The Lord's Prayer: You’re Doing it Wrong
Instead of mindlessly repeating the words, learn what Jesus was really trying to tell us about prayer.
I grew up attending a Presbyterian church (one of the relatively conservative ones that resisted much of the nonsense that now pervades the denomination). Through that experience, I learned that Presbyterians despise novelty and prefer order. Consequently, the Presbyterian liturgy is quite structured. While the hymns, responsive readings, bible verses, and sermons change from week to week, some portions of the liturgy are darn-near fixed in stone. Among those are the Gloria Patri, the Doxology, and the Lord’s Prayer.
The Gloria Patri is a short prayer that is sung to a tune.
Glory be to the Father, and to the Son:
and to the Holy Ghost;
As it was in the beginning, is now, and ever shall be:
world without end. Amen.
Similarly, the Doxology is another short prayer sung to a tune. Technically, a Doxology can be the Gloria Patri, but many protestant congregations use the following.
Praise God, from whom all blessings flow;
Praise Him, all creatures here below;
Praise Him above, ye heavenly host;
Praise Father, Son, and Holy Ghost. Amen.
After many years attending church weekly, these things get burned into your brain. The accompanying tunes really assist your memory. Even now, decades after I’ve attended a Presbyterian service, I can still sing them both.
The Lord’s Prayer
And so it was with the Lord’s Prayer. It’s part of the order of worship and we would recite it every week.
There are two recordings of the Lord’s Prayer in the New Testament, one in Matthew 6:9-13 and another in Luke 11:2-4. Most everybody recites the version from Matthew. And most everybody recites it in the original King James English (just like Christ himself, or so they say).
Come on, say it with me. You know it by heart.
9 After this manner therefore pray ye: Our Father which art in heaven, Hallowed be thy name.
10 Thy kingdom come, Thy will be done in earth, as it is in heaven.
11 Give us this day our daily bread.
12 And forgive us our debts, as we forgive our debtors.
13 And lead us not into temptation, but deliver us from evil: For thine is the kingdom, and the power, and the glory, for ever. Amen.
There are a few variations of the Lord’s Prayer that you’ll find out in the wild, particularly in verse 12. You can replace “debts” with either “trespasses” or “sins,” for instance. When you attend another denomination, possibly with your extended family or because you go with a friend, you have to mumble your way through verse 12 until you figure out which variation this particular denomination is committed to: “And forgive us our… wait for it… deh… sih… tres… there it is… passes, as we forgive those who trespass against us.”
Similarly, you can add an optional flourish in verse 13: “For thine is the kingdom, and the power, and the glory, for ever and ever. Amen.” As if “forever and ever” is somehow more emphatic than just “forever” by itself. In general, Presbyterians, who are modest people with no need for flourishes, just go with “forever” and leave it at that.
Misusing the Lord’s Prayer
I’ll be honest, though. When I hear a congregation praying the Lord’s Prayer in unison, as part of a standard liturgy, I can almost see God the Father leaning to his right and saying, “They just don’t get it,” and Jesus responding, “I know, I know. They always ignore the first half of verse nine.”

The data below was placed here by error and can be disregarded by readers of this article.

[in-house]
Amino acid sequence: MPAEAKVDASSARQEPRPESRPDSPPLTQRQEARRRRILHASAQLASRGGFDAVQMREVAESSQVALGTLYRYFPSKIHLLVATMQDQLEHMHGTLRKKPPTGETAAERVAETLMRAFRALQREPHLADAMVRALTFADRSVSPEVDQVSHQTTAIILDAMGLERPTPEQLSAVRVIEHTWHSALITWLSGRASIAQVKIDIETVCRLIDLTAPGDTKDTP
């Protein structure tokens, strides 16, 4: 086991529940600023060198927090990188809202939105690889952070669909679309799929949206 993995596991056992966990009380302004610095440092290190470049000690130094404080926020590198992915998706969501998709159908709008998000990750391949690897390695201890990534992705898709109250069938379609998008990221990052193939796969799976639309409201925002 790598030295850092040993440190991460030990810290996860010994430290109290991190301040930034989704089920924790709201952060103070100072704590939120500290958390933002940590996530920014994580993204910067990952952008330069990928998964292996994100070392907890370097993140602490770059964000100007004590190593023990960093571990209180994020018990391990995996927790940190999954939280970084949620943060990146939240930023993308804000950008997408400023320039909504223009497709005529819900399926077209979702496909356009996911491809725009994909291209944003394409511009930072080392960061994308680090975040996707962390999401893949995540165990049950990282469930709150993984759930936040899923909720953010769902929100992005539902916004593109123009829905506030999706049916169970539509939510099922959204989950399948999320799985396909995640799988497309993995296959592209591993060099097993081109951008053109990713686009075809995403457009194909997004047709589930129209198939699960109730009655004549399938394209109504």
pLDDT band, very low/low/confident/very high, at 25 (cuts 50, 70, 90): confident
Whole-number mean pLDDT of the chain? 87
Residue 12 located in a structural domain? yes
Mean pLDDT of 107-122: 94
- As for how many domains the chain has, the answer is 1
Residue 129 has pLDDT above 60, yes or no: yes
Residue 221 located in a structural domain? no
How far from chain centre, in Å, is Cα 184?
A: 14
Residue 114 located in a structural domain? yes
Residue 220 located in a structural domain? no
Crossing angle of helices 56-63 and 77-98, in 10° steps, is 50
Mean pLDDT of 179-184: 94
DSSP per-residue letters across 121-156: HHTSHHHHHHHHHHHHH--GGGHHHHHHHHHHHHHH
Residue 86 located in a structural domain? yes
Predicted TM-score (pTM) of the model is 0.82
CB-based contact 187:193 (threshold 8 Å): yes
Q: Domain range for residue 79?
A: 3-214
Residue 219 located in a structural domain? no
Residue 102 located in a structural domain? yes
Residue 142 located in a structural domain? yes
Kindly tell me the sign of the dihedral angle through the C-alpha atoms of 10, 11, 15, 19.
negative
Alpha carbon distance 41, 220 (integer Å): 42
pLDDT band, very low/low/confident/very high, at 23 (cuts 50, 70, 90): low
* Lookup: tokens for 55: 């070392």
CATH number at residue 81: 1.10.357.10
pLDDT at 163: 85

What’s wrong with the Lord’s Prayer? Well, nothing is wrong with it. But I don’t think we’re using it the way that Jesus intended that we should.
First, I think reciting the same memorized prayer by rote every week robs the prayer of its power. Prayers are not mystical spells, where the very act of reciting the sounds that make up the words causes something to happen in the spirit realm. Rather, prayers are the human part of a conversation with God himself.
Imagine walking into the kitchen of your childhood home, seeing your parents, and reciting the same few sentences you did yesterday, and the day before, and then walking out without listening to any sort of response. What kind of relationship would you have with your parents at that point? Would they really understand you and what you’re struggling with? Would you know them deeply? What would they think of you?
I think your relationship with them would be poor, and they probably would stop listening to whatever you were saying after the first few times, as it became obvious what you were going to say and the fact that you didn’t care about listening to anything they had to say in response. I think God probably feels the same way.
Further, when you do it by rote, it all becomes mindless. You can literally do it while thinking about almost anything else. Some part of your lower reptilian brain starts your lips moving, and then one word tumbles out right after the next, while the rest of your higher consciousness contemplates the best restaurant for a post-church brunch, and by the way, which NFL teams are playing on television this afternoon?
Are you really engaged with God Almighty, creator of the universe? Nope. Not at all.
Second, I don’t think Jesus, as quoted in Matthew 6:9-13, is saying “Blindly repeat these exact words over and over, weekly.” Rather, the first half of verse 9 says, “After this manner therefore pray ye…” This is one of those times that I think the King James actually captures it well, even if it’s a bit archaic.
The key words are “After this manner…” In modern language, I think Jesus is saying, “This is a model template for your own prayers. Make sure you cover these sorts of topics, in this sort of order, when you come to God in prayer. Pray something like this.”
Understanding the Lord’s Prayer
Let’s analyze the Lord’s Prayer a little deeper to try to understand what Jesus meant. Specifically, let’s look at the order and topics that Jesus included in his template.
If you look at verses 9 and 10, they are affirmations of who God is. They are effectively a form of worship, similar to the praise that we saw when we looked at the three daily habits.